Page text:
Pashos' tenure in Jacksonville started out a little bumpy this season, especially in pass protection. In Week 3, Broncos DE Elvis Dumervil used his speed and initial quickness to give Pashos all kinds of headaches. Elvis registered two sacks and a forced fumble against Pashos. After that game, Gene Frenette of The Times Union put it very succinctly, "Right tackle Tony Pashos, however, must improve his pass protection."
Also following the Denver game, Florida Today.com weighed in this way: "… Garrard has been sacked 10 times in three games, which puts him on pace to be sacked 48 times this season. That's way too much. Right tackle Tony Pashos has struggled. Left tackle Khalif Barnes' ankle injury could be a concern."
Last week, though, Pashos played arguably his best game as a Jaguar. Jacksonville dominated the line of scrimmage, rushing for nearly 250 yards. A fairly good Texans pass rush was virtually non-existent, registering one sack of David Garrard and very few pressures.
So what should we expect this week from Jacksonville's new right tackle? Aaron Wilson, who covers the Baltimore Ravens for the Carroll County Times and the Annapolis Capital, had this to say about Pashos after watching him play for the past four seasons: "Tony Pashos is a tough technician who always gives his best effort. Pashos is not the most nimble athlete, but has worked extremely hard to make himself into a highly competent blocker. He is more of a run blocker than a pass blocker, but he can hold his own against good pass rushers."
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Through 5 games, Wilson's analysis of Pashos looks to be dead-on. This week, one of the assignments for Tony Pashos will be to slow the pass-rush of Colts DE Robert Mathis. Pashos and Mathis have been matched up against each other over the years. Most recently was in last season's divisional playoffs where Mathis recorded a sack and forced fumble against the Ravens.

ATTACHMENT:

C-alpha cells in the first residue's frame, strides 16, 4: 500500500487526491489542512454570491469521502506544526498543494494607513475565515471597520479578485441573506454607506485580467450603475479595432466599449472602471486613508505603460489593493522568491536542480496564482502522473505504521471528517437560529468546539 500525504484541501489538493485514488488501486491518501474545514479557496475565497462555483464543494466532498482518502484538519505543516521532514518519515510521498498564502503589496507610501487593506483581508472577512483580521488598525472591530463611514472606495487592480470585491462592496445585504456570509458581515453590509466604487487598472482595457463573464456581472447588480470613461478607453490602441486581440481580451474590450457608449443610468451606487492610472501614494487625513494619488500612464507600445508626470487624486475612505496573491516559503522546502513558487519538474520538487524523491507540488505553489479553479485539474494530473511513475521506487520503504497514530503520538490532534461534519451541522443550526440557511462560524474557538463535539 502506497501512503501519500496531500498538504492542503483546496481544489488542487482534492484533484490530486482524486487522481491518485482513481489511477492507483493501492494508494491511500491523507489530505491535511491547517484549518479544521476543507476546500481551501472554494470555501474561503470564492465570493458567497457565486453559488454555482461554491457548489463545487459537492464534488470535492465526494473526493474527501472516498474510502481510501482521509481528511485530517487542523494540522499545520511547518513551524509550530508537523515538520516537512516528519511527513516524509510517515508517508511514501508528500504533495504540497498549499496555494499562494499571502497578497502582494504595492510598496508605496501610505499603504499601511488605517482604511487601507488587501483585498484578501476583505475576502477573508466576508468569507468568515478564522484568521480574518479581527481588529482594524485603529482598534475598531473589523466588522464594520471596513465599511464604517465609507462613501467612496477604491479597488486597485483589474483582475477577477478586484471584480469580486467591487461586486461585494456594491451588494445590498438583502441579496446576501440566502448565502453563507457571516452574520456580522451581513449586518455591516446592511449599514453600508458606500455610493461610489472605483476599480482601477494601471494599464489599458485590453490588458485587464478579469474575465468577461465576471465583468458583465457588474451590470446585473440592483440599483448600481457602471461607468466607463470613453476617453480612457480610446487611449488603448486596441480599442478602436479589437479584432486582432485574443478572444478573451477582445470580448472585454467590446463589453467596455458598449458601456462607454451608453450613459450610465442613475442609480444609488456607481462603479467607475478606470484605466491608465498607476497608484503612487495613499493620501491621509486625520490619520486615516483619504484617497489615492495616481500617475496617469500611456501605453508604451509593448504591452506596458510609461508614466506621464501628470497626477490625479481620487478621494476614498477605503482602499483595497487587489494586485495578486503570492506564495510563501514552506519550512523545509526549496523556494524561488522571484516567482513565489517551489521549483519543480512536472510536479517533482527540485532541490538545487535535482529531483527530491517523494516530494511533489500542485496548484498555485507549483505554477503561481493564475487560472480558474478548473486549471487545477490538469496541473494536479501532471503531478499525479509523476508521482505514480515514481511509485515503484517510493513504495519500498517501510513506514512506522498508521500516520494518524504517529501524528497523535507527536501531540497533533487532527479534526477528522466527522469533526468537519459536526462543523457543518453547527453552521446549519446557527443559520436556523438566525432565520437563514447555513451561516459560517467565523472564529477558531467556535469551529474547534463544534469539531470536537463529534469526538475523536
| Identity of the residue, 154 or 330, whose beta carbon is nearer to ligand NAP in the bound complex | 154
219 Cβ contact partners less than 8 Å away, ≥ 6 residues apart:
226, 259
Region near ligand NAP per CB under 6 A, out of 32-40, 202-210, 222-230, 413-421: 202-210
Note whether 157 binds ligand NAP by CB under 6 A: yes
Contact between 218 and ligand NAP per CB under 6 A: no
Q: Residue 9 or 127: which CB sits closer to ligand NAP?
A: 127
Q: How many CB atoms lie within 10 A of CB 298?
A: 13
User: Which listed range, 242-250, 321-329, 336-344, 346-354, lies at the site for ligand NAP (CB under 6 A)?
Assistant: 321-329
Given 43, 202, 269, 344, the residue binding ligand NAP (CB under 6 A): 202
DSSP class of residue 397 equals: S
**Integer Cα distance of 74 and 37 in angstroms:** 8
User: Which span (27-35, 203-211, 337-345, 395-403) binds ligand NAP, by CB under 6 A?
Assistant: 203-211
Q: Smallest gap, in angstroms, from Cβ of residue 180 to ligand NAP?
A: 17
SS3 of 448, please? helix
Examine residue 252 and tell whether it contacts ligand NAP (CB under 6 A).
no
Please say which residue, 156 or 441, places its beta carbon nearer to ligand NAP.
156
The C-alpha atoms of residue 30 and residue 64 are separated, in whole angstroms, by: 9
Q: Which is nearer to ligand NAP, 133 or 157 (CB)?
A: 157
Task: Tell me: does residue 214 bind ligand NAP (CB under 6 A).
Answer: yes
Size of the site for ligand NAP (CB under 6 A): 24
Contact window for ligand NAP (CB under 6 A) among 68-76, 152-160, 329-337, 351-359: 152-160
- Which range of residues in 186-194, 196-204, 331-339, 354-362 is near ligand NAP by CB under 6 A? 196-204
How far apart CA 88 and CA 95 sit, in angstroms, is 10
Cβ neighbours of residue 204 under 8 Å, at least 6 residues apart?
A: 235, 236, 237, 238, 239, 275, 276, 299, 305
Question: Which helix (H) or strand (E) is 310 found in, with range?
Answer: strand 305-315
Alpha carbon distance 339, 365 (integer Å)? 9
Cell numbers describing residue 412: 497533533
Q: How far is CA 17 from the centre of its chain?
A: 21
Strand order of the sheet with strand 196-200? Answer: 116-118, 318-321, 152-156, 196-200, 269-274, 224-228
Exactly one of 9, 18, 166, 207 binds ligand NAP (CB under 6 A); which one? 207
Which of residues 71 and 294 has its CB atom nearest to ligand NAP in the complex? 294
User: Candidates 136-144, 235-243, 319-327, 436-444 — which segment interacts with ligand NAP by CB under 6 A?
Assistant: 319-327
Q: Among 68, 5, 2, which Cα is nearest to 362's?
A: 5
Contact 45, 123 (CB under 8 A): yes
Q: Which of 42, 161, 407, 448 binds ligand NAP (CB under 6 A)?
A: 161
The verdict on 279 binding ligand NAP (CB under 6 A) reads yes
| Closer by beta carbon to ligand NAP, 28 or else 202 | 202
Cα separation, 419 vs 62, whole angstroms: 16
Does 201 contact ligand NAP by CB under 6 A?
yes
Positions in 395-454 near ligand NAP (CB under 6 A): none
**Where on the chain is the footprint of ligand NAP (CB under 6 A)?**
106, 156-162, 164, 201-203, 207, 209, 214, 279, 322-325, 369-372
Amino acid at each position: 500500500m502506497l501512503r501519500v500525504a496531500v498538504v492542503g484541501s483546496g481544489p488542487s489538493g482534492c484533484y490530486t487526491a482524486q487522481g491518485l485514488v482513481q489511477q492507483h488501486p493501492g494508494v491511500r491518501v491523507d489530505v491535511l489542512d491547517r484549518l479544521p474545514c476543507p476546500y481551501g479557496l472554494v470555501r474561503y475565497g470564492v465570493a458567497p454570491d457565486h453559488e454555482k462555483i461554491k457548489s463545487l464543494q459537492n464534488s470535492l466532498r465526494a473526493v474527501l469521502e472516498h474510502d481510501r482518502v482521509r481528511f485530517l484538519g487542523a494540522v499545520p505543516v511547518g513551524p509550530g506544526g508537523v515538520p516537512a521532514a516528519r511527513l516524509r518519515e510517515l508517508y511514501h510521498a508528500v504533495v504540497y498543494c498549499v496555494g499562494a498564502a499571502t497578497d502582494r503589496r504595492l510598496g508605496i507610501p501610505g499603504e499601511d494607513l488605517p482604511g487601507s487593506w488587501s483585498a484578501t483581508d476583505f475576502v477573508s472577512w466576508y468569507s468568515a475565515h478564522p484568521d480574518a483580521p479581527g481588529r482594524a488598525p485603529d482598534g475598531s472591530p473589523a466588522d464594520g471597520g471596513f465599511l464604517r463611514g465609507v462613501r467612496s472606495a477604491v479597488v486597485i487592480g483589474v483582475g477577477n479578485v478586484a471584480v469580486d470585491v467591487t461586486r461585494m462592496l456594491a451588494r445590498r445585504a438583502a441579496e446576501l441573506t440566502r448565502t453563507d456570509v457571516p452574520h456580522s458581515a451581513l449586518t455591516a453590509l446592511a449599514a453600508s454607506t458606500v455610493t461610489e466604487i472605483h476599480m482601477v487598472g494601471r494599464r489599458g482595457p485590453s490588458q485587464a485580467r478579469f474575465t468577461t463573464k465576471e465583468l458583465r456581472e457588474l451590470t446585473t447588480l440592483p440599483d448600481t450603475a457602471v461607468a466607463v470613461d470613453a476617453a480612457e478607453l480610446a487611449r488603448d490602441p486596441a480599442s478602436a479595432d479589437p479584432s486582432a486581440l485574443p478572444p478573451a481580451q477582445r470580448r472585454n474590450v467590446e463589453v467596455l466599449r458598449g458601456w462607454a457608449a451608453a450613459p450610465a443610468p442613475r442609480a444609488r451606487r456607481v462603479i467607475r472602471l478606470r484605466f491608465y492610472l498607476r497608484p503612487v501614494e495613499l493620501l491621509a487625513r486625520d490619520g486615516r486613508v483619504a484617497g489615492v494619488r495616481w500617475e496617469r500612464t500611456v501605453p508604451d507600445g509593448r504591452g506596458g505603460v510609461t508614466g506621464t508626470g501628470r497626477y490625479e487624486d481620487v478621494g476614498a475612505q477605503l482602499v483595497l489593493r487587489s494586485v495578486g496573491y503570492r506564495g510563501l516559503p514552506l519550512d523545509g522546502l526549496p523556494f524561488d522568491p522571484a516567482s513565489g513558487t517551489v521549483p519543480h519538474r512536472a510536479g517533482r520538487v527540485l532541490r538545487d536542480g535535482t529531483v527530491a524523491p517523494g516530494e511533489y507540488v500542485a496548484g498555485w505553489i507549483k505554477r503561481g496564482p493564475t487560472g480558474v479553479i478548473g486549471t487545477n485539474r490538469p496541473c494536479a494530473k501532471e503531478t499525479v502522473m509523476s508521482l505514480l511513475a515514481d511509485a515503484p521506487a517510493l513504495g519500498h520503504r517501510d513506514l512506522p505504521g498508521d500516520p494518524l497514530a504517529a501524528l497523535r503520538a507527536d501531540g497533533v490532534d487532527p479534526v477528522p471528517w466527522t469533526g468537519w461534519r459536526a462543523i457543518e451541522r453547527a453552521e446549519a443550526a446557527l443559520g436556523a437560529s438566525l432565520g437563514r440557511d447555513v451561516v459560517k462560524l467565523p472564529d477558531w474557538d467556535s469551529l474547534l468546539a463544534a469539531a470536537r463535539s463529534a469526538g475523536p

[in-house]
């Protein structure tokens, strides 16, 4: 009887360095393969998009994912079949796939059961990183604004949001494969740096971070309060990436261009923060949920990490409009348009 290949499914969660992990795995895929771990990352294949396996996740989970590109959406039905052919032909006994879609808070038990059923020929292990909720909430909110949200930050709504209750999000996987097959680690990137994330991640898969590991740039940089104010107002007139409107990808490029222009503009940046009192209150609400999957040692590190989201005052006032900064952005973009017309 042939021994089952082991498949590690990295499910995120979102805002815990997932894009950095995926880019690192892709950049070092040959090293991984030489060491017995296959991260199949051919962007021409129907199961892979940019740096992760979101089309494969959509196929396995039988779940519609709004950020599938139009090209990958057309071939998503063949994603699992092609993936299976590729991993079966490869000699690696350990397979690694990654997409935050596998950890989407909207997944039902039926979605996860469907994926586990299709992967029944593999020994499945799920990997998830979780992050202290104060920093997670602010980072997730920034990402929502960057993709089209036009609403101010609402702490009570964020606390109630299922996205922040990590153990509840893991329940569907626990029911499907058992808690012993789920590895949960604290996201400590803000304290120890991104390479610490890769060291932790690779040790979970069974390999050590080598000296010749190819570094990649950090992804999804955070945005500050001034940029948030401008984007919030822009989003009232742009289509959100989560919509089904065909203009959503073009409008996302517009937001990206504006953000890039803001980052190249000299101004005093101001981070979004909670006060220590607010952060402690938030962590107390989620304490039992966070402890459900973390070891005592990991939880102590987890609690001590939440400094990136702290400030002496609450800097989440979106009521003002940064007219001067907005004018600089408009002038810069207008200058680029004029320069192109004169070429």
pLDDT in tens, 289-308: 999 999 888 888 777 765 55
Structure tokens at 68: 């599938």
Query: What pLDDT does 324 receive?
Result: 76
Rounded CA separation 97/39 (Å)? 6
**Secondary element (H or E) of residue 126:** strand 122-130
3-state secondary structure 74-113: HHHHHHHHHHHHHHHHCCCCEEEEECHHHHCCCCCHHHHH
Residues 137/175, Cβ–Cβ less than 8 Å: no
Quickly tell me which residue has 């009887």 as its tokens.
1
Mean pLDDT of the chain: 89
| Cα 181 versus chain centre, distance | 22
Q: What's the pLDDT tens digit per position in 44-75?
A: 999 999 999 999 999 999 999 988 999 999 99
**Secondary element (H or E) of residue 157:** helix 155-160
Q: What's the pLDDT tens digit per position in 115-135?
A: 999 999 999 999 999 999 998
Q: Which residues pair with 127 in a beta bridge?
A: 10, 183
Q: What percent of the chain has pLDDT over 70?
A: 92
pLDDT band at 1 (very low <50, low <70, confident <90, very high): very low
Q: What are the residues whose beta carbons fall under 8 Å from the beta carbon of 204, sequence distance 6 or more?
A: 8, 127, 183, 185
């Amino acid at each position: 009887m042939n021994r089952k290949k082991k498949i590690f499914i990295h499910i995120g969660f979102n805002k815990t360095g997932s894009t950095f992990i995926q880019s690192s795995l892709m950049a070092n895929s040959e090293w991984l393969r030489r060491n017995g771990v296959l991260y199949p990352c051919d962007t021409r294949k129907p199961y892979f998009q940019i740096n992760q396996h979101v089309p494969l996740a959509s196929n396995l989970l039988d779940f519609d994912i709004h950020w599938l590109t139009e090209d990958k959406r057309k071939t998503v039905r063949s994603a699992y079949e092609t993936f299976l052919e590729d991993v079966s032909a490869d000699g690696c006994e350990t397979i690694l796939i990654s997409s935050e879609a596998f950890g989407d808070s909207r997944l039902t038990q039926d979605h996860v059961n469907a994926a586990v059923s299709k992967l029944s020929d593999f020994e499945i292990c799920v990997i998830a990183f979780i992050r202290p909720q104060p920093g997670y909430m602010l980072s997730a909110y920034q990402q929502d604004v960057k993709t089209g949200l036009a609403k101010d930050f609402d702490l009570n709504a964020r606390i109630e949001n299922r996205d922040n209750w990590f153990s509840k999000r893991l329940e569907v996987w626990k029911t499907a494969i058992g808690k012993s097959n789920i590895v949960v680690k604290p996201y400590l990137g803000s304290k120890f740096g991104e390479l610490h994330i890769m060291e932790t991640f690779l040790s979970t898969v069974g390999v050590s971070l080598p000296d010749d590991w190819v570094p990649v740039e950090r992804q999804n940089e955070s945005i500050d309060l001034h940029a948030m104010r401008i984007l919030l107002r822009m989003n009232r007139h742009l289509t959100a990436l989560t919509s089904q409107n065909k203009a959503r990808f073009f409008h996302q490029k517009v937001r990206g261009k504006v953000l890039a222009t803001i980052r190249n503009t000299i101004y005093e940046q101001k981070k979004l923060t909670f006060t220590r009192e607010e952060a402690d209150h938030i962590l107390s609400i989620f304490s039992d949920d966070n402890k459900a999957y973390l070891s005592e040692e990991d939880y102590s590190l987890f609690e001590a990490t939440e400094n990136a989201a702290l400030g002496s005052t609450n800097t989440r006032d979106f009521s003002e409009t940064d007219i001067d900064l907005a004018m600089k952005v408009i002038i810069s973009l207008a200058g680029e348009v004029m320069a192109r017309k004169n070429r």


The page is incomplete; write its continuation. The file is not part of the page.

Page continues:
Like Elvis Dumervil succeeded in doing during Week 3, Mathis will want to use his explosive speed to get Pashos off balance. This happens when Tony fails to bend knees, getting too top heavy or when he lunges at blocks in an attempt to make up for lost space. Time and time again it has been demonstrated that Pashos can be beaten by good speed rushers who alter their moves.
Mathis is explosive with his first step and can beat any blocker off the edge with his outside speed rush. He also likes to use the rip move getting his arm and shoulder underneath the pass blocker and turning the corner once he gets past the edge. The problem is that once big tackles get their hands on him the battle can be over rather quickly.
On the flip side, the running game is where Jacksonville will attempt to exploit a Pashos strength over a Mathis weakness. Look for Jacksonville to run right behind Pashos and right guard Chris Naeole. Pashos has nearly a 90-pound advantage over Mathis and will want to use that size to drive the Colts defender off the ball. If RG Chris Naeole can block down on rookie tackle Ed Johnson in tandem with Pashos' work, this should open some nice seams for Fred Taylor or Maurice Jones-Drew.